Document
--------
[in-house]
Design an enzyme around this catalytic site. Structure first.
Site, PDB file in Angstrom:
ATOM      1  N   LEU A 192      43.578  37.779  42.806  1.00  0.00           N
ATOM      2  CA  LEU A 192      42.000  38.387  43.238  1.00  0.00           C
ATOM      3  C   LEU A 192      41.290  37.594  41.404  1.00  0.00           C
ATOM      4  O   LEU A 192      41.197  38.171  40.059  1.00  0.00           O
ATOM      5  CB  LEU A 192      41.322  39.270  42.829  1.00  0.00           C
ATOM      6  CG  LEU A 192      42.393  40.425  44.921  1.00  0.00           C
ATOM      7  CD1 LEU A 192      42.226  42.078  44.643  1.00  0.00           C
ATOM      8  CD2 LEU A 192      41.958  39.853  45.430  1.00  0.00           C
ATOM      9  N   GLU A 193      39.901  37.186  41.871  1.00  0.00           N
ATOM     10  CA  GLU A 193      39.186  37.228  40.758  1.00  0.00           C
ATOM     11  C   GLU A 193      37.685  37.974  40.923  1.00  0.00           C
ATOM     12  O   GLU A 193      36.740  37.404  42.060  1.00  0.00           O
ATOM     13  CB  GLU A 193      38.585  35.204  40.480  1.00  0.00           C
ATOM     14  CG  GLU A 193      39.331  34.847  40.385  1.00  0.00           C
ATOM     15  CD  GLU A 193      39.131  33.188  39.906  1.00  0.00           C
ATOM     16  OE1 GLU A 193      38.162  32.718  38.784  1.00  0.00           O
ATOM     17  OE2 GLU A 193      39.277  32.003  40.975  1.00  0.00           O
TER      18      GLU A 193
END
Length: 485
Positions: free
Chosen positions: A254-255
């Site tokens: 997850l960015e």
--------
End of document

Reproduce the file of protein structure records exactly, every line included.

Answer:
[in-house]
Design an enzyme around this catalytic site. Structure first.
Site, PDB file in Angstrom:
ATOM      1  N   LEU A 192      43.578  37.779  42.806  1.00  0.00           N
ATOM      2  CA  LEU A 192      42.000  38.387  43.238  1.00  0.00           C
ATOM      3  C   LEU A 192      41.290  37.594  41.404  1.00  0.00           C
ATOM      4  O   LEU A 192      41.197  38.171  40.059  1.00  0.00           O
ATOM      5  CB  LEU A 192      41.322  39.270  42.829  1.00  0.00           C
ATOM      6  CG  LEU A 192      42.393  40.425  44.921  1.00  0.00           C
ATOM      7  CD1 LEU A 192      42.226  42.078  44.643  1.00  0.00           C
ATOM      8  CD2 LEU A 192      41.958  39.853  45.430  1.00  0.00           C
ATOM      9  N   GLU A 193      39.901  37.186  41.871  1.00  0.00           N
ATOM     10  CA  GLU A 193      39.186  37.228  40.758  1.00  0.00           C
ATOM     11  C   GLU A 193      37.685  37.974  40.923  1.00  0.00           C
ATOM     12  O   GLU A 193      36.740  37.404  42.060  1.00  0.00           O
ATOM     13  CB  GLU A 193      38.585  35.204  40.480  1.00  0.00           C
ATOM     14  CG  GLU A 193      39.331  34.847  40.385  1.00  0.00           C
ATOM     15  CD  GLU A 193      39.131  33.188  39.906  1.00  0.00           C
ATOM     16  OE1 GLU A 193      38.162  32.718  38.784  1.00  0.00           O
ATOM     17  OE2 GLU A 193      39.277  32.003  40.975  1.00  0.00           O
TER      18      GLU A 193
END
Length: 485
Positions: free
Chosen positions: A254-255
């Site tokens: 997850l960015e």